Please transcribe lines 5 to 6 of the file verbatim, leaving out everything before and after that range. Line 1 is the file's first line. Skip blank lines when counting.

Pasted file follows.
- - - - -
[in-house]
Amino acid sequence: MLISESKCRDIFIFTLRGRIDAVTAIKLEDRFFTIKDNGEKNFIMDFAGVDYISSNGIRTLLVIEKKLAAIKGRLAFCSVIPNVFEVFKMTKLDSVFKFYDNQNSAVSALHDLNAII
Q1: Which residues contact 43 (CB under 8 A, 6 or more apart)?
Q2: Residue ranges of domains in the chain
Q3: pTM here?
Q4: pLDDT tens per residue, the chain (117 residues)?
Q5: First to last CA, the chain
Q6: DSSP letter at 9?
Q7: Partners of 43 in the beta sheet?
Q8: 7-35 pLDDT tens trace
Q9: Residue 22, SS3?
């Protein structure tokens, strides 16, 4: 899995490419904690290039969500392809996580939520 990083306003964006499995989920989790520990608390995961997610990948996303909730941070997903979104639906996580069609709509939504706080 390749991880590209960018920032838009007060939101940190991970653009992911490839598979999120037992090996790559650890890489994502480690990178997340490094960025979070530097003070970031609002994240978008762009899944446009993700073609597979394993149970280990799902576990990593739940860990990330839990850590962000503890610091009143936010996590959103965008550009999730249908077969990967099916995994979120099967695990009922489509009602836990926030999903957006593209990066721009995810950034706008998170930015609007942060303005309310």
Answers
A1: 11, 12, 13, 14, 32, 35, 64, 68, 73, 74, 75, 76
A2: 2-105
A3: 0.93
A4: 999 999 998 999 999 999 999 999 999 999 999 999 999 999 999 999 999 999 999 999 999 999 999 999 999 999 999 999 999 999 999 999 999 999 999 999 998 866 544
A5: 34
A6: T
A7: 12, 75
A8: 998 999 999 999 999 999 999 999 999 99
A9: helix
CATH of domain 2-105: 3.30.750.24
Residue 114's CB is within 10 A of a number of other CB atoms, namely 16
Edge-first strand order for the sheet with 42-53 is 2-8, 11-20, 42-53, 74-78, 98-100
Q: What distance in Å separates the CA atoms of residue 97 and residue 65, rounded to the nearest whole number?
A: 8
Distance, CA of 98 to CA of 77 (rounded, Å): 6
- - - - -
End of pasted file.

Q3: pTM here?
Q4: pLDDT tens per residue, the chain (117 residues)?